BOSTON — None of the 100 largest U.S. mutual funds supported any of the 33 global warming resolutions filed with U.S. companies in 2005, according to a proxy voting report commissioned by Ceres, an investor coalition.
However, a new survey by the Civil Society Institute, a research and advocacy organization, shows a majority of U.S. mutual fund investors want their fund managers to vote in favor of such resolutions and to actively screen companies linked to climate change problems.
According to the poll, 79% of respondents "think that companies should analyze the long-term financial impacts that global warming will have on their businesses and on the potential value of their stock to people who either own shares directly or indirectly through a mutual fund," the statement said.
"Mutual funds, which are responsible for the retirement investments of millions of investors, should join in with their institutional investor peers" involved in the issue, Alisa Gravitz, executive director of Co-op America, a consumer and investor organization and a member of Ceres, said in a statement.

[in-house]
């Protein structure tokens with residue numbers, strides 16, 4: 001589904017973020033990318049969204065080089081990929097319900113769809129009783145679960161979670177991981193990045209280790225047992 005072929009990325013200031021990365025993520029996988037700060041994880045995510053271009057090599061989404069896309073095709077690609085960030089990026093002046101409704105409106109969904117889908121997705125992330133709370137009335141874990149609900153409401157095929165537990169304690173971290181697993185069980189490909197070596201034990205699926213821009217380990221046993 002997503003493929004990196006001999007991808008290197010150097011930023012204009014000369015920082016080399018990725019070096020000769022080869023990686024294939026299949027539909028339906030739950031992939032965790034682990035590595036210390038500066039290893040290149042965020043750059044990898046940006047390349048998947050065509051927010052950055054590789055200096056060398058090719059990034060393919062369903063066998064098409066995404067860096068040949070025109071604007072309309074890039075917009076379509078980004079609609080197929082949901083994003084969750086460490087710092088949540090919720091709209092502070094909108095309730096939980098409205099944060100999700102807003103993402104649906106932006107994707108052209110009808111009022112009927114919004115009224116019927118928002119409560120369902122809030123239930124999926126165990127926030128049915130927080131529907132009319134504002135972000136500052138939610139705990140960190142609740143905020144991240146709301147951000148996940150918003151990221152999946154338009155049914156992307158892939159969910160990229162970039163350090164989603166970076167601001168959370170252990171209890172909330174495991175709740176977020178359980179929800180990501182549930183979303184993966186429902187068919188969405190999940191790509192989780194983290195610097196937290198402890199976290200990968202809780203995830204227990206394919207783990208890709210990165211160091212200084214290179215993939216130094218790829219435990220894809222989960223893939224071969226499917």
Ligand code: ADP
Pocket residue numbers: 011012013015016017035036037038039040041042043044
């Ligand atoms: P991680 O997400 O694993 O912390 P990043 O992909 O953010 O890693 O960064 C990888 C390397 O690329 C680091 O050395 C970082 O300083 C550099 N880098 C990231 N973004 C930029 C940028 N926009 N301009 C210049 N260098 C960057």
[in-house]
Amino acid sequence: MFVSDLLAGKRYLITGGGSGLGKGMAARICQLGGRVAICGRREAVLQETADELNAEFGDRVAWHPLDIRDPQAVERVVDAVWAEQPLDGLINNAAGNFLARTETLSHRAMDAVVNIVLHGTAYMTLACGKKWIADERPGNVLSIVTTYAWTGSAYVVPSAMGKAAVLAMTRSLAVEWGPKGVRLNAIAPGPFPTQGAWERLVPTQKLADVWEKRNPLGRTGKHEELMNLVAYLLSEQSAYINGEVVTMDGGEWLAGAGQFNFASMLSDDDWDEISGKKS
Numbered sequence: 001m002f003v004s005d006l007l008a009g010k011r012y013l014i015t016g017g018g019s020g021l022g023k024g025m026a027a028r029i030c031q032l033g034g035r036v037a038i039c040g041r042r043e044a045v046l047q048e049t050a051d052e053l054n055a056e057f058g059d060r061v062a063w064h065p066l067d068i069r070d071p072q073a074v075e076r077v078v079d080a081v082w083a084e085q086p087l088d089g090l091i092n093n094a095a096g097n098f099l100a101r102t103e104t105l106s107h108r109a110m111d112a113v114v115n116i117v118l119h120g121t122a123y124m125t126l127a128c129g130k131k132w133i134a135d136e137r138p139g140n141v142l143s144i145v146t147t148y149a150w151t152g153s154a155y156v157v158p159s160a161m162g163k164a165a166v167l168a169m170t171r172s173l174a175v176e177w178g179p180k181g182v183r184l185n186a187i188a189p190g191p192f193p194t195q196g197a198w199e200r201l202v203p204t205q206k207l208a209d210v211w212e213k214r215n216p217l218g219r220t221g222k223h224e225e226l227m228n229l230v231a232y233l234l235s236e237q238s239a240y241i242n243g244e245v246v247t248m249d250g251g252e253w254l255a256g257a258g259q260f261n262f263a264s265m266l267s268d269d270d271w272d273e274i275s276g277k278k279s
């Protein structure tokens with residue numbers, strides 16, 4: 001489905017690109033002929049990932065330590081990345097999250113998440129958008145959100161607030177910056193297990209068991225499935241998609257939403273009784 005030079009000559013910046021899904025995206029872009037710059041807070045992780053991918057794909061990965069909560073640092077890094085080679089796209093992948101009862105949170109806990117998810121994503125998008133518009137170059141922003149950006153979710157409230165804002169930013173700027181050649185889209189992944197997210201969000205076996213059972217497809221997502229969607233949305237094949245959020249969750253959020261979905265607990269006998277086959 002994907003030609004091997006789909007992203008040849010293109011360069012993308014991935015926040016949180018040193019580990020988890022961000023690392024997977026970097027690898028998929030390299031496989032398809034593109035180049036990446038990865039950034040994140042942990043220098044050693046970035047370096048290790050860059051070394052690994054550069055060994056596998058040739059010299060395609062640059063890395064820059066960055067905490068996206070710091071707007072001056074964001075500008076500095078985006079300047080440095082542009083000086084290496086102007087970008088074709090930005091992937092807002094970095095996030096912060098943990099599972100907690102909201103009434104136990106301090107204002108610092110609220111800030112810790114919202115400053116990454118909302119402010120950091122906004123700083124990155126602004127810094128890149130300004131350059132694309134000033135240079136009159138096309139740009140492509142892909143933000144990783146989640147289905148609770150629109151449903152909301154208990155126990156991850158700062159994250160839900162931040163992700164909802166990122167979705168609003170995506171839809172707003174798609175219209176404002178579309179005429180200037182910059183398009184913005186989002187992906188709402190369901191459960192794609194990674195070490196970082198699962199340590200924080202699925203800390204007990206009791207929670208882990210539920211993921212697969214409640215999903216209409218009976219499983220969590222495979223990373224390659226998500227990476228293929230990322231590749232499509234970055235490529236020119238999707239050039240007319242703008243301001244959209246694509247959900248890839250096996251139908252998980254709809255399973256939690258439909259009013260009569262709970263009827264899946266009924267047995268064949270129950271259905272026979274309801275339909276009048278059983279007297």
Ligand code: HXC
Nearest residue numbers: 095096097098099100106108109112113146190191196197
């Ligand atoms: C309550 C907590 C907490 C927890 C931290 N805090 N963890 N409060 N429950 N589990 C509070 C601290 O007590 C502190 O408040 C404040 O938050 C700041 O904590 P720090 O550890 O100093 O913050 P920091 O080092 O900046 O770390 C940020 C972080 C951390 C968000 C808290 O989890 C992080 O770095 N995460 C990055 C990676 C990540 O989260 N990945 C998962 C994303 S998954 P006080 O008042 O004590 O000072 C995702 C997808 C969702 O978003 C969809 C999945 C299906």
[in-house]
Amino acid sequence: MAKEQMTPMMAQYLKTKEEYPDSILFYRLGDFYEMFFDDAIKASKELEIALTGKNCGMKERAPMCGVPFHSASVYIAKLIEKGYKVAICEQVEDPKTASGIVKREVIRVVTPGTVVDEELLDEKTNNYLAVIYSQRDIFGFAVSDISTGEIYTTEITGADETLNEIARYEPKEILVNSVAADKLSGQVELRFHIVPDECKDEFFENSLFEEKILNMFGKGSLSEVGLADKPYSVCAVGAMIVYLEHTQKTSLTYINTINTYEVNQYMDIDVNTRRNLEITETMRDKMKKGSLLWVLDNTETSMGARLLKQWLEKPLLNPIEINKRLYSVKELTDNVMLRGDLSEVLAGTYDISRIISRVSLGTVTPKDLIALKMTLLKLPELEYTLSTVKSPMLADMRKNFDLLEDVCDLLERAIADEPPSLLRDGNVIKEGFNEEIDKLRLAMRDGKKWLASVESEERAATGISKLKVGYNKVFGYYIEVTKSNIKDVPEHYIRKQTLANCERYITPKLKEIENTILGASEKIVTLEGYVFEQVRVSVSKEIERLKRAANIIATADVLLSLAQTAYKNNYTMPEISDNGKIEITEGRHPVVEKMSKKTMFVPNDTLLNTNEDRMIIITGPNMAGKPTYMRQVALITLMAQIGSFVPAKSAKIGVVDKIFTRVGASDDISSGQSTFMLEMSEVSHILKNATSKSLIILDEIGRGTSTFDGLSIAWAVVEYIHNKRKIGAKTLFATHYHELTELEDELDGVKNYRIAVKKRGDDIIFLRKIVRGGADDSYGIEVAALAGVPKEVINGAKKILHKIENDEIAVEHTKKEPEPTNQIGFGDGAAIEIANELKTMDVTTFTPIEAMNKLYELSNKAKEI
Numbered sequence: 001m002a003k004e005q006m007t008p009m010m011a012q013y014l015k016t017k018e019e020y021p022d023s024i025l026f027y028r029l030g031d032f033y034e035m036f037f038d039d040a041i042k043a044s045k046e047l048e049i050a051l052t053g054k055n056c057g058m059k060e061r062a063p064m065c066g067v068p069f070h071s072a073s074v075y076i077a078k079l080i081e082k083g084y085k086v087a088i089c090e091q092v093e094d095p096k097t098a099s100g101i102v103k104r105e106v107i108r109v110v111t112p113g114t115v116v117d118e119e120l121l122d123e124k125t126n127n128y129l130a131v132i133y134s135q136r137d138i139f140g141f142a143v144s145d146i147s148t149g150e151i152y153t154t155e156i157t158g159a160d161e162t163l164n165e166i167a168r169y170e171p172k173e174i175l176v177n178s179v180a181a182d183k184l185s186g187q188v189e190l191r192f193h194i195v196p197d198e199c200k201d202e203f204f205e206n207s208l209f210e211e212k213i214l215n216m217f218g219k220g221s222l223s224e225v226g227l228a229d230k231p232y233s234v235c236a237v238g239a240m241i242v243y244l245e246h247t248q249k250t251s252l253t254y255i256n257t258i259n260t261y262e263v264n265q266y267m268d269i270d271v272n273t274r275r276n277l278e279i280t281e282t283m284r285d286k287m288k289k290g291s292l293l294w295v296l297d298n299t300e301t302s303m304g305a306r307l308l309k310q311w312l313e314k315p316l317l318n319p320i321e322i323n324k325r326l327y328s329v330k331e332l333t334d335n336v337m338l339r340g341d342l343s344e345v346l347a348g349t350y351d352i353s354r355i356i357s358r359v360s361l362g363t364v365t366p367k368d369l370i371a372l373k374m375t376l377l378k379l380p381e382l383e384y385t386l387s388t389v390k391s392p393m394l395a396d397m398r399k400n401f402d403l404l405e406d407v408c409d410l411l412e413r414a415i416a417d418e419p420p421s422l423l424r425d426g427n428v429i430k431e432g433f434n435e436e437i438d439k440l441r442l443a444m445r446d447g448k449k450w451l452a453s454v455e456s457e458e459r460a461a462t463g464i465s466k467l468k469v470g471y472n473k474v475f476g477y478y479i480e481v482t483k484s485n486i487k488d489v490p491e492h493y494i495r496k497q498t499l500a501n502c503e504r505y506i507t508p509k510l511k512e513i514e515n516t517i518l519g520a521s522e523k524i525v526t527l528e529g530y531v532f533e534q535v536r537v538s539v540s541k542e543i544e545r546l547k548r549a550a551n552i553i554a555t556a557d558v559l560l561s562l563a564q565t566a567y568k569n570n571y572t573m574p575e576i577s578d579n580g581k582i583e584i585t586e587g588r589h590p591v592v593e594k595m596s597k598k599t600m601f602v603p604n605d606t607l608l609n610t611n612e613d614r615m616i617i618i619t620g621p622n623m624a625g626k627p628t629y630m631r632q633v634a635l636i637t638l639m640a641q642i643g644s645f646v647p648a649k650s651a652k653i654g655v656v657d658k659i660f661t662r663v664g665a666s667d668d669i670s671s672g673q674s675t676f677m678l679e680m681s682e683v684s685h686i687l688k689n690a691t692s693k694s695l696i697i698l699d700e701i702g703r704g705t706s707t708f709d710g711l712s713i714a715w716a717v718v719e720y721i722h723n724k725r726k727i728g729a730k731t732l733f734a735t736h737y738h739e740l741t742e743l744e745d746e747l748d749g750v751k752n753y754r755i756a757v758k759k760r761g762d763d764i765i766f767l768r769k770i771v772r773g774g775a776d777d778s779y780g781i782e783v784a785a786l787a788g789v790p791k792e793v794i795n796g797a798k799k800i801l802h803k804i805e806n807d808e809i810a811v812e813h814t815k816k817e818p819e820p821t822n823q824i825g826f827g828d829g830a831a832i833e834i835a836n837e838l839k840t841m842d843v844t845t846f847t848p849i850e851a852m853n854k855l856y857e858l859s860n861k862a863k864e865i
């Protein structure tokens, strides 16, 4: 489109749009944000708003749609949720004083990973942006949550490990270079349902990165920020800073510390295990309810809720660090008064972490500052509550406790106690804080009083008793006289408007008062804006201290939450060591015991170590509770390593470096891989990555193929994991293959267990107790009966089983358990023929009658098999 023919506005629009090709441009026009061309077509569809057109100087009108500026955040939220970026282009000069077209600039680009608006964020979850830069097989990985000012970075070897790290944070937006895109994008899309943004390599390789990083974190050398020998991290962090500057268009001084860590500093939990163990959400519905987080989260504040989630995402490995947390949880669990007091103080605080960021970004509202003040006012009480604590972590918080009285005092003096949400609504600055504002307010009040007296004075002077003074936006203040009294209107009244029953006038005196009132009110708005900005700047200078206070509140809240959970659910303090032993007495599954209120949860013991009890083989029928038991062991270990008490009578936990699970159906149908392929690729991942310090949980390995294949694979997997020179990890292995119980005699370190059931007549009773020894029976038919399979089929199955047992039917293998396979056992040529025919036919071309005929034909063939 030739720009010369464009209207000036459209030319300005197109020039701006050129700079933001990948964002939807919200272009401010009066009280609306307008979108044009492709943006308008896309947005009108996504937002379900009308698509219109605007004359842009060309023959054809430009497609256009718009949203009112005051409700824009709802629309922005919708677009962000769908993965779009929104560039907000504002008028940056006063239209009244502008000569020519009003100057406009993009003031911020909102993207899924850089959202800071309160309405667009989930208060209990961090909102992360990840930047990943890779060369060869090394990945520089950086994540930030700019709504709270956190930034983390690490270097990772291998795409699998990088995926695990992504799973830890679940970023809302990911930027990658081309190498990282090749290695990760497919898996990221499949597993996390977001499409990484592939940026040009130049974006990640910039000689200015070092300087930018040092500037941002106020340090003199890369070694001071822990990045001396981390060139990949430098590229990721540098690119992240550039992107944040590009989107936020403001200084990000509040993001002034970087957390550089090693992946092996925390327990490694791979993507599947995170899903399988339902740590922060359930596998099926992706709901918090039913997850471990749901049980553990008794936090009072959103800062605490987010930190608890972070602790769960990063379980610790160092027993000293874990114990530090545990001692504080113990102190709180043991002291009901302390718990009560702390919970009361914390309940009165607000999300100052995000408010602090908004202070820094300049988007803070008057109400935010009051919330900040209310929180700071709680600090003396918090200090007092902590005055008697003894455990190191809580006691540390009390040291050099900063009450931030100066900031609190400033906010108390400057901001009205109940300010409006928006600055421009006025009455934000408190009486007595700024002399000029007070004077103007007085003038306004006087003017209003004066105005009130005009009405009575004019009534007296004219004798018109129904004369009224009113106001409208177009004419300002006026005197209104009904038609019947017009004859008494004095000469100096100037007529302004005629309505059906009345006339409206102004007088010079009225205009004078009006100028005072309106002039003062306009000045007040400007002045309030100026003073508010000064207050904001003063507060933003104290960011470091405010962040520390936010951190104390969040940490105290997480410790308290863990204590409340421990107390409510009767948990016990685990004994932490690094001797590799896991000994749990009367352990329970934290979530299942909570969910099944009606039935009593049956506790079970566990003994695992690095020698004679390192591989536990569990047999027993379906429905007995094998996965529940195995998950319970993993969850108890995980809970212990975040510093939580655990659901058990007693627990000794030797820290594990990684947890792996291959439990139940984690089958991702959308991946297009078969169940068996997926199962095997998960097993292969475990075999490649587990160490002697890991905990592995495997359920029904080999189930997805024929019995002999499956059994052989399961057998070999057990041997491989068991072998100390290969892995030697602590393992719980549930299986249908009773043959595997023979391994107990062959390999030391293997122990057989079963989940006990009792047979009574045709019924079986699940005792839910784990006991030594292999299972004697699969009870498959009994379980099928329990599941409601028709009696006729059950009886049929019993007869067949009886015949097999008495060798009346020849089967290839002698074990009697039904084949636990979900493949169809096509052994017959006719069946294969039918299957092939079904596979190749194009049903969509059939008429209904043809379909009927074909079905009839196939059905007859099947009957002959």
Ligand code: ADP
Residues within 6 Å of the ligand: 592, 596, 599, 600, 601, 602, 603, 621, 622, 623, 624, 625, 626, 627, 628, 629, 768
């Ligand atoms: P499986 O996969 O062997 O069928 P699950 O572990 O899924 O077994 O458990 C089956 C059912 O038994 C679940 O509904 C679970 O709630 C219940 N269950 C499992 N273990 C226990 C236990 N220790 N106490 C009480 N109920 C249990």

"Mutual fund investors and their funds are completely at odds today on the topic of global warming," Pam Solo, president of Civil Society Institute, said in the statement. "The fact that mutual funds are ‘missing in action' on climate change is an unacceptable situation that investors should insist on changing."
Charles Freadhoff, American Funds spokesman, said, "We don't ever discuss reasons for our votes."
"Most policy issues, while we may support them philosophically, generally don't create shareholder value and therefore we abstain from voting on such matters, said John Deming, spokesman for Vanguard, which abstained from voting on the resolutions in question last year.
Mr. Freadhoff and Mr. Deming noted the guidelines for proxy voting and the votes are posted on their company websites.